Caster v. Astrue

Filing 25

Order ent. that the decision of the Commissioner of Social Security denying Plaintiffs claim for a period of disability, disability insurance benefits, andsupplemental security income be AFFIRMED. Signed by Magistrate Judge Sonja F. Bivins on 3/26/2014. (mjn)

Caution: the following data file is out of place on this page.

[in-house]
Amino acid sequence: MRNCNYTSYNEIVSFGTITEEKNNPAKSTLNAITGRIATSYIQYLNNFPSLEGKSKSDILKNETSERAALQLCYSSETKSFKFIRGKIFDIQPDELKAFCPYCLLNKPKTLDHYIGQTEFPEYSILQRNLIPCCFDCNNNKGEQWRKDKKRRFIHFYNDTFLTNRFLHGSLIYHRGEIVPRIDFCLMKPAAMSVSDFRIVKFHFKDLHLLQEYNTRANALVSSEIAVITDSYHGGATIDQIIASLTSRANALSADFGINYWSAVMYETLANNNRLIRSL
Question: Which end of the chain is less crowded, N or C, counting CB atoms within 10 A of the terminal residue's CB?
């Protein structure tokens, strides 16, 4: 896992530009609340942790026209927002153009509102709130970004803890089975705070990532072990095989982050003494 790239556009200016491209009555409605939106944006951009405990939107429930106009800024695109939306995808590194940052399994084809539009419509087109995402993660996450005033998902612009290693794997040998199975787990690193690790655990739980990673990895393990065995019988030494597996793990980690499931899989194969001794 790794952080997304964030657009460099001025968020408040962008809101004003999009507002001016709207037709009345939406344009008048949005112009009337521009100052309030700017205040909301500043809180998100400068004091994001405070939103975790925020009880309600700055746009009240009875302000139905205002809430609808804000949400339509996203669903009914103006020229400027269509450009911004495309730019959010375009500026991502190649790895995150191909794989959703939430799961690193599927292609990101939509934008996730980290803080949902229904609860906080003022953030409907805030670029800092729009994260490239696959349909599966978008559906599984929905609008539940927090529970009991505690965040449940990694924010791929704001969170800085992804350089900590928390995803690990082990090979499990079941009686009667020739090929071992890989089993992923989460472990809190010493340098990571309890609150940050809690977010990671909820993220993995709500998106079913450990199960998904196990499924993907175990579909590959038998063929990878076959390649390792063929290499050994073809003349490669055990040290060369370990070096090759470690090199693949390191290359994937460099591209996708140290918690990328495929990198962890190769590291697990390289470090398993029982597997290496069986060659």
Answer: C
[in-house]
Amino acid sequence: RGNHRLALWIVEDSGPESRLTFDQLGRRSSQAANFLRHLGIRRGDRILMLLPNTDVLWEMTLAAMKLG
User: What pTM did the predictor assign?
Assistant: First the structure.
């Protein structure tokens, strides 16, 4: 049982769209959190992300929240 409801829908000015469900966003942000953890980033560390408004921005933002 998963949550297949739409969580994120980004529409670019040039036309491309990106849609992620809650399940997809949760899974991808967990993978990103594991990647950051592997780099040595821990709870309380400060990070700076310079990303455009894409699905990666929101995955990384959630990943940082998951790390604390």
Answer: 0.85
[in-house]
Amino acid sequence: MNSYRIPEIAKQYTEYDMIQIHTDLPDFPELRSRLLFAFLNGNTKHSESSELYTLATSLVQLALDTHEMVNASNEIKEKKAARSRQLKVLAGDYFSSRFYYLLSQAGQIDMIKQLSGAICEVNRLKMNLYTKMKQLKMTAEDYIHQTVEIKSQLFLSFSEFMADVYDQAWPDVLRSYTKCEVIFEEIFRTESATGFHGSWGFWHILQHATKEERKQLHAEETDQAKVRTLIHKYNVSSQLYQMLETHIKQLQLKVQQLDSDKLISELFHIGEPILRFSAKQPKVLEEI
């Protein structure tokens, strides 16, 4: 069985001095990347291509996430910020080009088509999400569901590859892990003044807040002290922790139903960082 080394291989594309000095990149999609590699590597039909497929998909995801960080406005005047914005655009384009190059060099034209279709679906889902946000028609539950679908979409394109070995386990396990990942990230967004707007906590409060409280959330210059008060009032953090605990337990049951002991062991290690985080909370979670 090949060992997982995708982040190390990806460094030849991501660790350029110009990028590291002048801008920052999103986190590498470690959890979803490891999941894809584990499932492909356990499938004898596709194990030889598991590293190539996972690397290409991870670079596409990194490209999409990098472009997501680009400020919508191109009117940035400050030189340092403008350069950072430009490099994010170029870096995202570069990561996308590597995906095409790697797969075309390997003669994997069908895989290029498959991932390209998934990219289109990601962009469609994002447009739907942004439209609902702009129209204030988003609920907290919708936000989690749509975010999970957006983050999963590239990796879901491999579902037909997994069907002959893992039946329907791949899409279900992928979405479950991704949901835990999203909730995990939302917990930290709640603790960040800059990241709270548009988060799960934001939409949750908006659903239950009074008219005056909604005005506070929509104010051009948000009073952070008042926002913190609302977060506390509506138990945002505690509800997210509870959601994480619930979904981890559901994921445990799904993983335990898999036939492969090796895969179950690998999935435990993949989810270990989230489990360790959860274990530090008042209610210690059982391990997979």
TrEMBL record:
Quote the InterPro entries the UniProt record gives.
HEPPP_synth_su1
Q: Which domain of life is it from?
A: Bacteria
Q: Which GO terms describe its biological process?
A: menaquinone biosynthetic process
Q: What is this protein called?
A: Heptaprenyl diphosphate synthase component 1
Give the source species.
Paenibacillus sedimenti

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IN THE UNITED STATES DISTRICT COURT FOR THE SOUTHERN DISTRICT OF ALABAMA SOUTHERN DIVISION TAMIKA L. CASTER, * * Plaintiff, * * vs. * * CAROLYN W. COLVIN,1 * Commissioner of Social Security,* * Defendant. * Civil Action No. 12-00595-B ORDER Plaintiff Tamika L. Caster (hereinafter “Plaintiff”) brings this action seeking judicial review of a final decision of the Commissioner of Social Security denying her claim for a period of disability, disability insurance benefits, and supplemental security income under Titles II and XVI of the Social Security Act, 42 U.S.C. §§ 401, et seq., and 1381, et seq. On September 8, 2013, the parties consented to have the undersigned conduct any and all proceedings in this case. (Doc. 18). action was referred to the undersigned to Thus, the conduct all proceedings and order the entry of judgment in accordance with 28 U.S.C. § 636(c) and Federal Rule of Civil Procedure 73. (Doc. 1 Carolyn W. Colvin became the Acting Commissioner of Social Security on February 14, 2013. Pursuant to Rule 25(d), Federal Rules of Civil Procedure, Carolyn W. Colvin should be substituted for Michael J. Astrue as the defendant in this suit. No further action need be taken to continue this suit by reason of the last sentence of section 205(g) of the Social Security Act, 42 U.S.C. § 405(g). 21). Upon careful consideration of the administrative record and the memoranda of the parties, it is hereby ORDERED that the decision of the Commissioner be AFFIRMED. I. Procedural History Plaintiff protectively filed an application for a period of disability, disability insurance benefits, and supplemental security income on November 3, 2008. (Tr. 140-45). Plaintiff alleges that she has been disabled since October 21, 2008, due to her back applications granted an pain. were (Id. denied administrative at 56, and upon hearing 140, 142). timely before Plaintiff’s request, she was Administrative Law Judge Linda Helm (hereinafter “ALJ”) on June 10, 2010. (Id. at 49). Plaintiff, her attorney, Jonathan Gardberg, and a Vocational Expert (hereinafter “VE”) attended the hearing and offered testimony. (Id. at 47-77). On July 29, 2010, the ALJ issued an unfavorable decision finding that Plaintiff is not disabled. (Id. at 28-42). The Appeals Council denied plaintiff’s request for review on July 27, 2012. (Id. at 1-3). The parties waived oral argument (Docs. 19, 20), and agree that this case is now ripe for judicial review and is properly before this Court pursuant to 42 U.S.C. §§ 405(g) and 1383(c)(3). 2 II. Issue on Appeal A. Whether the ALJ erred in failing to develop the record by not ordering an orthopedic consultative examination? III. Factual Background Plaintiff was born on May 23, 1973, and was 37 years of age at the time of her administrative hearing on June 10, 2010. (Tr. 122, 54). Plaintiff testified at the hearing that she graduated from high school and last worked in 2008 as a certified nursing assistant for the mental health ward at Searcy Hospital. (Id. at 56, 161). According to Plaintiff, she can no longer work because she has “excruciating back pain [that]…feels like [her] bones are rubbing together.” (Id. at 58). Plaintiff testified that her pain inhibits her ability to “stay in one position for too long” and “there’s no comfortable position that [she] can get in for a long period of time…” (Id. at 58-59). She testified that she underwent back surgery that “helped for a short while, and [she] thought [she] was going to be able to go back to work, but the pain came back.” (Id. at 59). Thus, she decided to resign from her job because “the pain is not letting up.” (Id.). 3 Plaintiff testified that she takes Flexeril 2 , Vicodin 3 , and “Etspolac” 4 , which help with her ailments. (Id.). According to Plaintiff, Flexeril causes her to sleep for two or three days; thus, she only takes it when her pain is “excruciating pain”. (Id. at 60). She takes her other two medications on a regular basis and they help with her pain.(Id.). Plaintiff testified that she also experiences knee problems, which affect her right knee more than the left, and that her mediations help with her knee pain as well. (Id. at 6061). Plaintiff also testified injections in her knee because that she declined cortisol she felt that the injections would only “cover up” her pain as oppose to helping to cure her ailment. (Id.). With regards to her daily activities, Plaintiff testified or indicated on her function report that she drives her children 2 Flexeril® is a muscle relaxant that is used with rest, physical therapy, and other measures to relax muscles and relieve pain and discomfort caused by strains, sprains, and other muscle injuries. See medlineplus/druginfo/meds/a682514.html. (Last visited: March 12, 2014). 3 Vicodin® tablets are indicated for the relief of moderate to moderately severe pain. See fdaDrugInfo.cfm?archiveid=3926. (Last Visited: March 12, 2014). 4 After exhaustive research, the Court was unable to find a drug named “Etspolac”, which Plaintiff testified is an anti-inflammatory prescription drug that she takes to alleviate the burning sensation in her back. (Tr. 59). Research suggests that “Etspolac” may be a misspelling for the drug Etodolac, which is an anti-inflammatory medication. See medlineplus/druginfo/meds/a692015.html. (Last visited: March 12, 2014). Etodolac is in a class of medications called nonsteroidal anti-inflammatory drugs that work by stopping the body’s production of a substance that causes pain, fever, and inflammation. (Id.). 4 to school, shops at the grocery store “every other day”, does light housework, such as vacuuming, washing dishes and sweeping the floor, watches television, sits outside, and prepares “simple” meals for her family. (Id. at 63-64, 167, 169, 170). Plaintiff also testified that she attends social events, sporting events, and church services. (Id. at 64). IV. Analysis A. Standard of Review In reviewing claims brought under the Act, this Court’s role is a determining limited 1) one. whether The the Court’s decision review of the is limited to Secretary is supported by substantial evidence and 2) whether the correct legal standards were applied.5 Martin v. Sullivan, 894 F.2d 1520, 1529 (11th Cir. 1990). A court may not decide the facts anew, reweigh the evidence, or substitute its judgment for that of the Commissioner. Sewell v. Bowen, 792 F.2d 1065, 1067 (11th Cir. 1986). The Commissioner’s findings of fact must be affirmed if they are based upon substantial evidence. Brown v. Sullivan, 921 F.2d 1233, 1235 (11th Cir. 1991); Bloodsworth v. Heckler, 703 F.2d 1233, 1239 (11th Cir. 1983) (holding substantial evidence is defined as “more than a 5 scintilla, but less than a This Court’s review of the Commissioner’s application of legal principles is plenary. Walker v. Bowen, 826 F.2d 996, 999 (11th Cir. 1987). 5 preponderance” reasonable and person conclusion.”). consists would In of “such accept determining as relevant adequate whether evidence to as support substantial a a evidence exists, a court must view the record as a whole, taking into account evidence favorable, as well as unfavorable, to the Commissioner’s decision. Chester v. Bowen, 792 F.2d 129, 131 (11th Cir. 1986); Short v. Apfel, 1999 U.S. Dist. LEXIS 10163, *4 (S.D. Ala. June 14, 1999). B. Discussion An individual who applies for Social Security disability benefits must prove 404.1512, 416.912. his or her disability. 20 C.F.R. §§ Disability is defined as the “inability to engage in any substantial gainful activity by reason of any medically determinable physical or mental impairment which can be expected to result in death or which has lasted or can be expected to last for a continuous period of not less than 12 months.” 42 U.S.C. §§ 423(d)(1)(A); see also 20 C.F.R. §§ 404.1505(a), 416.905(a). The Social Security regulations provide a five-step sequential evaluation process for determining if a claimant has proven his disability. 6 6 20 C.F.R. §§ 404.1520, The claimant must first prove that he or she has not engaged in substantial gainful activity. The second step requires the claimant to prove that he or she has a severe impairment or combination of impairments. If, at the third step, the claimant proves that the impairment or combination of impairments meets or equals a listed impairment, then the claimant is automatically found 6 416.920. In the case sub judice, the ALJ determined that Plaintiff has not engaged in substantial gainful activity throughout the period under consideration and that she has the severe impairments of degenerative disc disease of the lumbar spine, effusion of the knees bilaterally, and history of papilledema with associated cephalgia - pseudotumor cerebri. (Tr. 33). The ALJ further found that Plaintiff does not have an impairment or combination of impairments that meets or medically equals any of the listed impairments contained in 20 C.F.R. Part 404, Subpart P, Appendix 1. (Id. at 34). The ALJ concluded that Plaintiff retains the residual functional capacity (hereinafter “RFC”) to perform less than the full range of light work. (Id. at 35). The ALJ concluded that Plaintiff needs the ability to alternate between sitting and disabled regardless of age, education, or work experience. If the claimant cannot prevail at the third step, he or she must proceed to the fourth step where the claimant must prove an inability to perform their past relevant work. Jones v. Bowen, 810 F.2d 1001, 1005 (11th Cir. 1986). In evaluating whether the claimant has met this burden, the examiner must consider the following four factors: (1) objective medical facts and clinical findings; (2) diagnoses of examining physicians; (3) evidence of pain; and (4) the claimant’s age, education and work history. Id. Once a claimant meets this burden, it becomes the Commissioner’s burden to prove at the fifth step that the claimant is capable of engaging in another kind of substantial gainful employment which exists in significant numbers in the national economy, given the claimant’s residual functional capacity, age, education, and work history. Sryock v. Heckler, 764 F.2d 834, 836 (11th Cir. 1985). If the Commissioner can demonstrate that there are such jobs the claimant can perform, the claimant must prove inability to perform those jobs in order to be found disabled. Jones v. Apfel, 190 F.3d 1224, 1228 (11th Cir. 1999). See also Hale v. Bowen, 831 F.2d 1007, 1011 (11th Cir. 1987) (citing Francis v. Heckler, 749 F.2d 1562, 1564 (11th Cir. 1985)). 7 standing, but does not need to leave the workstation. (Id.). She is limited to no more than occasional climbing stairs and ramps, bending and balancing, and no more than rarely stooping, kneeling, crouching, and crawling. (Id.). She is completely restricted climbing from operating foot controls, ladders, scaffolds or ropes, and working around unprotected heights or dangerous equipment. Plaintiff is (Id.). limited to The jobs ALJ with further simple, concluded one to two that step instructions and should avoid jobs with complex and detailed instructions. (Id.). The ALJ also determined that Plaintiff’s statements concerning her impairments and their impact on her ability to work are “considerably more limited and restricted than is established by the objective evidence of record.” (Id. at 37). While the ALJ concluded that Plaintiff’s RFC precludes her from performing her past work as a certified nursing assistant, a housekeeper, and a telemarketer (id. at 40), the ALJ utilized a VE and determined that based on Plaintiff’s age, education, work experience, and RFC, she can perform the representative occupations of a mail clerk/non-postal, parking lot attendant, and ticket taker/ticket seller. (Id. at 41). concluded that Plaintiff is not disabled. (Id.). 8 Thus, the ALJ 1. Medical Evidence7 The medical records reflect that Plaintiff sought treatment at Saraland Chiropractic starting in July of 2006. (Id. at 22227). From July 12, 2006 through August 7, 2006, Plaintiff sought chiropractic care on eight occasions throughout the onemonth time period. (Id. at 226). Plaintiff complained of low back Treatment notes reflect that pain that was consistently improving and became “better” with each visit. (Id.). More than a year later, Plaintiff returned to Saraland Chiropractic on March 26, 2008, and reported that her lower back had been hurting for three months and that her left leg had recently began hurting as well. (Id. at 222, 226). X-rays revealed lumbar spinal complications. (Id. at 223). Over the course frequent of a chiropractic three week treatments. period, (Id. at Plaintiff received 226-27). Treatment notes reflect that although Plaintiff was “getting better”, her low back pain was “persistent”. (Id. at 227). On October 7, 2008, Plaintiff sought treatment for her back pain from Dr. Fontana, an orthopedic surgeon at the Alabama Orthopaedic Clinic. (Id. at 233). Dr. Fontana’s treatment notes reflect “lower that Plaintiff reported back pain and pain radiating down [her] legs and buttocks” for six months. (Id.). 7 While the undersigned has considered all the evidence of record, only those records bearing on Plaintiff’s impairments during the relevant time period are discussed herein. 9 Dr. Fontana’s physical examination revealed lower back spasm, slightly decreased sensory in her foot, and decreased reflexes in her Achilles. (Id.). Upon testing, Plaintiff’s range of motion was measured at forward flexion 30, extension 20, and left and right lateral flexion 20. (Id.). spine, anteroposterior, lateral, and degenerative disc disease. (Id.). X-rays of her lumbar obliques, revealed mild Dr. Fontana’s impression was lumbar radiculopathy, which he treated with Medrol 8 . He also recommended an MRI. (Id.). On October disability, revealed 21, 2008, had an she posterior and Plaintiff’s MRI left of her alleged lumbar paracentral onset spine. disc date The herniation of MRI with left lateral recess, proximal left foraminal, and central canal stenosis annular at L5-S1. tear and (Id. at posterior 229). It protrusion also at revealed L4-L5 with midline minimal foraminal encroachment and concentric central canal narrowing. (Id. at 230). During a follow-up visit with Dr. Fontana on October 24, 2008, physical exam of Plaintiff revealed restricted range of motion and continuous pain. (Id.). After discussing treatment options, Dr. Fontana scheduled Plaintiff an epidural 8 Medrol® is the brand name for Methylprednisolone, a corticosteroid, which is similar to a natural hormone produced by the adrenal glands. See (Last visited: March 13, 2014). It is often used to replace this chemical when your body does not make enough of it. (Id.). It relieves inflammation, swelling, heat, redness, and pain. (Id.). 10 steroid injection and prescribed Tylox9. (Id. at 232). On November 7, 2008, Plaintiff returned to Dr. Fontana and reported that she continued to experience pain that radiated down her leg. (Id. at 231). Upon physical exhibited restricted range of motion. (Id.). exam, Plaintiff Dr. Fontana gave Plaintiff a temporary “work excuse” and prescribed Lortab for her pain. (Id.). Plaintiff began seeing Dr. James West, M.D., an orthopedic surgeon, for her back pain on November 26, 2008. (Id. at 238). Plaintiff reported to Dr. West that she had pain in her lower back and left buttocks that had been ongoing for two months. (Id.). She rated her pain a five out of ten on the pain scale. (Id.). Her physical examination by Dr. West revealed lumbar spasm, tenderness and pain on forward flexion, and decreased left S1 reflex; however, she was able to accomplish a positive strait leg raise on her left leg. (Id.). X-rays revealed mild degenerative disc disease and an MRI revealed a herniated disc at left 4-5. (Id.). Dr. West prescribed Mobic 10 , Darvocet 11 , and 9 Tylox® (oxycodone and acetaminophen capsules) is narcotic medication that is indicated for the relief of moderate to moderately severe pain. See (Last visited: March 13, 2014). 10 Mobic® is an anti-inflammatory drug. See dailymed/archives/fdaDrugInfo.cfm?archiveid=14800. (Last visited: March 2014). 11 13, Darvocet® is a brand name for Propoxyphene, which is a medicine used to relieve pain. See (Last visited: March 13, 2014). 11 Soma 12 and recommended a 4-5 physical therapy. (Id.). epidural steroid injection and Dr. West restricted Plaintiff from work from November 17, 2008 until she was rechecked on Dec. 17, 2008. (Id.). The treatment notes reflect that Plaintiff underwent physical therapy from December 3, 2008 to December 22, 2008. (Id. at 248-54). The treatment notes reflect that Plaintiff had nine physical therapy sessions over that time period and that that her progress was “fair”; her posture was improved; she was independent with her HEP; and she appeared to have “maximally benefited” from the therapy. (Id. at 251, 253). Plaintiff reported that she felt a “little better”, and she credited her success to her medications and the epidural as opposed to the therapy. (Id. at 253). During Plaintiff’s follow-up visit with Dr. West on December 22, 2008, she reported that she had been experiencing difficulty with her daily continued. (Id. at 237). routine and that her symptoms She also reported moderate pain. West performed another steroid epidural injection. (Id.). Dr. A week later, Plaintiff’s medications were refilled. (Id.). Dr. West’s treatment notes reflect that on January 5, 2009, 12 Soma® is the brand name for Carisoprodol, a muscle relaxant, which is used with rest, physical therapy, and other measures to relax muscles and relieve pain and discomfort caused by strains, sprains, and other muscle injuries. See (Last visited: March 13, 2014). 12 Plaintiff reported that her epidural treatment caused her to become worse than she was before the treatment. (Id. at 236). During Plaintiff’s office visit the next day, Dr. West advised her that because the epidural failed, surgery was her only other option. (Id. at 237). hold her out of Dr. West also gave Plaintiff a “note to work for a further period prescribed her additional medications. (Id.). returned to Dr. West the next week, she of time” and When Plaintiff confirmed that she surgery on wanted to proceed with the surgery. (Id. at 236). Plaintiff underwent L5-S1 January 20, 2009. (Id. at 240). microdiscectomy The treatment notes reflect that Plaintiff tolerated the procedure well and returned to the recovery room in satisfactory condition. (Id.). When Plaintiff returned for her three-week postoperative appointment on February 9, 2009, Dr. West noted that Plaintiff was “doing well”; she had “decreased symptoms”; and she was “tolerating her daily routine”. (Id. at 235). Additionally, Dr. West noted that her wound was benign. (Id.). Dr. West cleared Plaintiff to drive and instructed her to “slowly increase her activity and increase her walking program.” (Id.). restricted Plaintiff from all heavy lifting, Dr. West bending, and twisting and noted that she was “unable to work” at the time. (Id.). At Plaintiff’s six-week postoperative appointment on March 13 2, 2009, Dr. West found that Plaintiff was “doing well” and exhibited a decrease in symptoms. “[m]arked improvement of her (Id.). radicular Dr. West noted symptoms” with “some residual anticipated lumbar complaints.” (Id.). He referred her to physical therapy and told her to “hold her out of work for [two] weeks”. He also noted that when she returned for her follow up in two weeks, she would likely be ready to “return to work.” (Id.). Plaintiff underwent physical therapy through March 16, 2009. (Id. at 243-46). from March 5, 2009 The treatment notes reflect that Plaintiff was “doing better”; she was “good over the” weekend”; and that she reported that “since the surgery her left [leg] radicular have resolved”. (Id. at 245-46). However, Plaintiff also reported that she “continue[d] to have left sided lumbar pain with long periods of standing.” (Id. at 246). On March 26, 2009, Plaintiff returned to Dr. West for her nine-week postoperative appointment. (Id. at 241). Dr. West found that Plaintiff was “doing reasonably well regarding her lumbar spine.” (Id.). less pain, and better He also found that she had less spasm, range of reported pain in both knees. (Id.). motion. (Id.). Plaintiff Upon examination, Dr. West found that Plaintiff had effusion in only the left knee with “some decreased range of motion.” (Id.). Dr. West “offered to inject her [left] knee [with] corticosteroid”. (Id.). 14 However, Plaintiff opted to “hold off” on the knee treatment. (Id.). Thus, Dr. West advised her to consider the injections if her left knee did not improve. (Id.). After a complete assessment, Dr. could West found that Plaintiff “return to work at light/medium duty” with no heavy lifting, bending, or twisting. (Id.). On May 4, 2009, Dr. Francis Sullivan, M.D., a state agency physician, reviewed Plaintiff’s medical records and diagnosed Plaintiff with mild degenerative disc disease with a secondary diagnosis Sullivan of lumbar opined that radiculopathy. Plaintiff could (Id. at perform 255-62). the Dr. exertional demands of a range of light work that does not require climbing ropes, ladders, or scaffolds. (Id. at 257). He further opined that she could do no more than occasional climbing of ramps and stairs, stooping, and crouching. (Id.). He also opined that she should avoid exposure to hazards. (Id. at 259). On June 26, 2009, Plaintiff sought treatment from Franklin Primary Health Center (“Franklin”) for back pain. (Id. at 278). Plaintiff reported her pain as a ten out of ten on the pain scale. (Id.). Her physical examination was largely normal, except tenderness over her L-5 spine, bilateral knee crepitus, and pain over her knees and elbows. (Id. at 278-79). Plaintiff was diagnosed with arthritis, back pain, and bilateral elbow and knee pain. (Id. at 279). Plaintiff was prescribed medications. 15 (Id.). About a month later, on July 24, 2009, Plaintiff returned to Franklin and reported chronic low back pain. (Id. at 276). At this stamps” visit, that Plaintiff specified “unable to work.” (Id.). also that requested she had a “a letter for “disability” food and was A physical examination revealed that Plaintiff was “nontender to her L-5 spine”, she had bilateral knee crepitus, and her blood pressure was elevated. (Id.). Plaintiff was diagnosed with low back pain, hyperlipidemia, and hypertension. (Id.). The physician decreased her Lortab medication for pain and increased her Mobic prescription. (Id.). She was instructed to return in one month. (Id.). Plaintiff returned to Franklin on September 21, 2009, and reported persistent low back pain and numbness in her buttocks that radiated to her left thigh. (Id. at 272-274). Plaintiff also reported that her pain was an eight out of ten on the pain scale. (Id.). The treatment notes reflect that Plaintiff appeared “comfortable” and she had a positive bilateral strait leg test. (Id.). laminectomy, Plaintiff was diagnosed with status post- hyperlipidemia, and hypertension. (Id. at 273). Plaintiff was initially prescribed Lortab and Mobic; however, she was counseled on potential dependency to Lortab and advised that her Lortab would be withheld until Franklin received a note from Dr. West. (Id.). After counseling, Plaintiff agreed to 16 discontinue Lortab. (Id.). The record reflects that Plaintiff did return to Franklin for any additional treatments after this visit. Over four months later, on January 27, 2010, Plaintiff presented to Mobile Infirmary Medical Center with complaints of back pain for about four days. (Id. at 265). Plaintiff reported her pain as a ten out of ten on the pain scale. (Id.). treatment notes reflect distress”. (Id.). had lower that Plaintiff was in “no The acute A physical assessment revealed that Plaintiff lumbar paraspinal spasm and tenderness. (Id.). Plaintiff’s range of motion in her back and her extremities were “within showed normal no limits”. (Id.). abnormalities. X-rays (Id. at of Plaintiff’s 270-71). Plaintiff back was diagnosed with acute back pain and low back strain of the lumbar area. (Id. at 269). Plaintiff was prescribed Vicodin, Lodine, and Flexeril and instructed to refrain from strenuous activity, lifting more than five pounds, bending, stooping, and prolonged sitting until she was well. (Id.). She was also instructed to rest at home and stay home from work for the remainder of the day and the next day. (Id.). Five months later, on June 7, 2010, Plaintiff presented to the University of South Alabama Children’s and Women’s Hospital with complaints of right side and back pain. (Id. at 295). Plaintiff also complained of nausea and stated that she had been 17 “belching frequently.” (Id. at 291). The treatment notes reflect that upon admission, Plaintiff was alert, oriented, and active and that she had began taking Lortab again. (Id. at 291, 295). Plaintiff’s final (cholelithiasis). (Id.). diagnosis was gallstones She was treated, discharged in stable condition, and instructed to follow up with the Franklin Clinic. (Id.). There are no records indicating that Plaintiff sought any follow-up treatment from the Franklin Clinic. 2. Issue A. Whether the ALJ erred in failing develop the record by not ordering orthopedic consultative examination? In her brief, Plaintiff argues that the to an ALJ erred in denying her request for a consultative examination with a board certified orthopedic surgeon. (Doc. 13 at 2). Specifically, Plaintiff argues that the ALJ’s statement that “[t]here is no indication of a change in the [Plaintiff’s] condition, the current severity of which is not established” (tr. 40) required the ALJ to obtain a consultative examination in order to establish the severity of Plaintiff’s condition. (Doc. 13 at 2). After careful review of the record, the Court finds that the ALJ’s decision is supported by substantial evidence, that the record contains sufficient evidence upon which the ALJ was able to decide this case, and that the decision to forgo a 18 consultative physical examination was not error under the circumstances of this case. It is well established that a hearing before an ALJ in social security cases is inquisitorial and not adversarial. A claimant bears the burden of proving disability and of producing evidence in support of his claim, while the ALJ has “a basic duty to develop a full and fair record.” Ellison v. Barnhart, 355 F.3d 1272, 1276 (11th Cir. 2003) (per curiam); see also Ingram v. Commissioner of Soc. Sec. Admin., 496 F.3d 1253, 1269 (11th Cir. 2007). This duty to develop the record exists whether or not the claimant is represented by counsel. Brown v. Shalala, 44 F.3d 931, 934 (11th Cir. 1995). The responsibility for determining a plaintiff’s RFC lies with the ALJ and is based on all of the evidence of record. See Phillips v. Barnhart, 357 F.3d 1232, 1238 (11th Cir. 2004) (ALJ has duty to assess the residual functional capacity on the basis of all the relevant credible evidence of record); 20 C.F.R. §§ 404.1546, 416.946 (responsibility for determining a claimant’s residual functional capacity lies with the ALJ). See also Foxx v. Astrue, 2009 U.S. Dist. LEXIS 80307, *17, 2009 WL 2899048, *6 (S.D. Ala. Sept. 3, 2009) (“The RFC assessment must be based on all of the relevant evidence in the case such as: medical history, medical signs and laboratory findings, the effects of treatment, reports of daily activities, lay evidence, recorded 19 observations, and medical source statements.”) (citing SSR 96- 8p, 1996 SSR LEXIS 5). The Regulations provide: We may purchase a consultative examination to try to resolve an inconsistency in the evidence, or when the evidence as a whole is insufficient to allow us to make a determination or decision on your claim. Some examples of when we might purchase a consultative examination to secure needed medical evidence, such as clinical findings, laboratory tests, a diagnosis, or prognosis, include but are not limited to: (1) The additional evidence needed is not contained in the records of your medical sources; (2) The evidence that may have been available from your treating or other medical sources cannot be obtained for reasons beyond your control, such as death or noncooperation of a medical source; (3) Highly technical or specialized medical evidence that we need is not available from your treating or other medical sources; or (4) There is an indication of a change in your condition that is likely to affect your ability to work, but the current severity of your impairment is not established. 20 CFR 404.1519a(b)(1)-(5) (2010). In fulfilling the duty to conduct a full and fair inquiry, the ALJ has the discretion to order a consultative examination where the record establishes that such is necessary to enable the ALJ to render a decision. Holladay v. Bowen, 848 F.2d 1206, 1210 (11th Cir. 1988). However, the ALJ is not required to 20 order an additional consultative examination where the record contains sufficient evidence to permit the ALJ’s RFC determination. Good v. Astrue, 240 Fed. App’x 399, 404 (11th Cir. 2007) (unpublished) (“the ALJ need not order an additional consultative examination where the record was sufficient for a decision.”); see also Ingram, 496 F.3d at 1269 (“The administrative law judge has a duty to develop the record where appropriate but is not required to order a consultative examination as long as the record contains sufficient evidence for the administrative law judge to make an informed decision.”). Having reviewed the record in its entirety, the Court finds that the ALJ fulfilled his duty to develop a full and fair record. The record before the ALJ contains the medical records from Plaintiff’s orthopedic surgeons, Drs. Fontana and West, her chiropractor, her physical therapist, and additional doctors and nurses who treated Plaintiff for her back problems and other ailments, the consultative Sullivan, and hearing. Although Dr. Sullivan did not examine Plaintiff, he Plaintiff’s functional testimony at assessment the by Dr. administrative had the benefit of records from her orthopedic surgeons, her chiropractor, her physical therapist, and her other treating doctors in preparing Plaintiff’s functional physical assessment. 21 Upon a review of the medical evidence in this case, and Plaintiff’s testimony, the ALJ determined that Plaintiff is capable of less than the full range of light work, with an added sit/stand option that would not require her to leave the workstation, as well as other limitations as set forth supra. (Tr. 35). In determining Plaintiff’s RFC, the ALJ provided a thorough analysis of Plaintiff’s medical history, including her treatment under both Drs. Fontana and West. sufficient to enable the ALJ to This evidence was determine Plaintiff’s RFC. Indeed, there is nothing in the treatment notes of Plaintiff’s treating physicians that indicates that Plaintiff’s limitations exceed those in the RFC or that Plaintiff is unable to work. fact, Plaintiff’s treating physician who performed her In back surgery, Dr. West, determined, nine weeks after her surgery, that Plaintiff was capable of significantly more strenuous work than the ALJ’s determination of her RFC. (Id. at 241). Dr. West opined that Plaintiff is able to perform duty” with no heavy lifting, bending, or Indeed, “light/medium twisting. (Id.). Additionally, the record contains the results of a number of MRIs and X-rays, none of which demonstrate the existence of any significant problems after Plaintiff’s back surgery in 2009. In fact, X-rays of Plaintiff’s back on January 27, 2010 show no abnormalities at all. (Id. at 270-71). 22 Based on the evidence of record, the Court rejects Plaintiff’s contention that the ALJ was required to obtain a consultative examination to determine impairments because the ALJ clearly the severity of her found that there was no change in Plaintiff’s condition that was likely to affect her ability to work, and substantial evidence. this determination was supported by Three weeks after Plaintiff’s surgery, Dr. West noted that Plaintiff had “decreased symptoms” and was “doing well” and “tolerating her daily routine”. (Id. at 235). Six weeks after her surgery he noted “[m]arked improvement of her radicular symptoms” with “some residual anticipated lumbar complaints” and weeks”. (Id.) told her to “hold off from work for [two] Nine weeks after her surgery, he noted that she was “doing reasonably well regarding her lumbar spine” and after a complete physical assessment, he released her to return to work at light/medium duty with no heavy lifting, bending, or twisting. (Id. at 241). change in her While Plaintiff claims that there was a condition that required a consultative examination, this contention is belied by the record because over a year after her surgery, in January of 2010, x-rays taken at Mobile Infirmary revealed that her back was completely normal and she was instructed to rest for only two days, then return to work. (Id. at 269). In addition, Plaintiff acknowledges that she is able to 23 drive her children to school, shop at the grocery store, perform light housework, watch television, sit outside, prepare “simple” meals, and attend social events, sporting events, and church services. (Id. at 64, 167, 169, 170). In light of the foregoing, the undersigned finds that the evidence before the ALJ was sufficient to allow her to render an informed decision. Thus, the ALJ was not required to order a consultative orthopedic examination, and accordingly, Plaintiff’s claim that the ALJ failed to develop the record must fail. V. Conclusion For the reasons set forth herein, and upon careful consideration of the administrative record and memoranda of the parties, it is hereby ORDERED that the decision of the Commissioner of Social Security denying Plaintiff’s claim for a period of disability, disability insurance benefits, supplemental security income be AFFIRMED. DONE this 26th day of March, 2014. /s/ SONJA F. BIVINS UNITED STATES MAGISTRATE JUDGE 24 and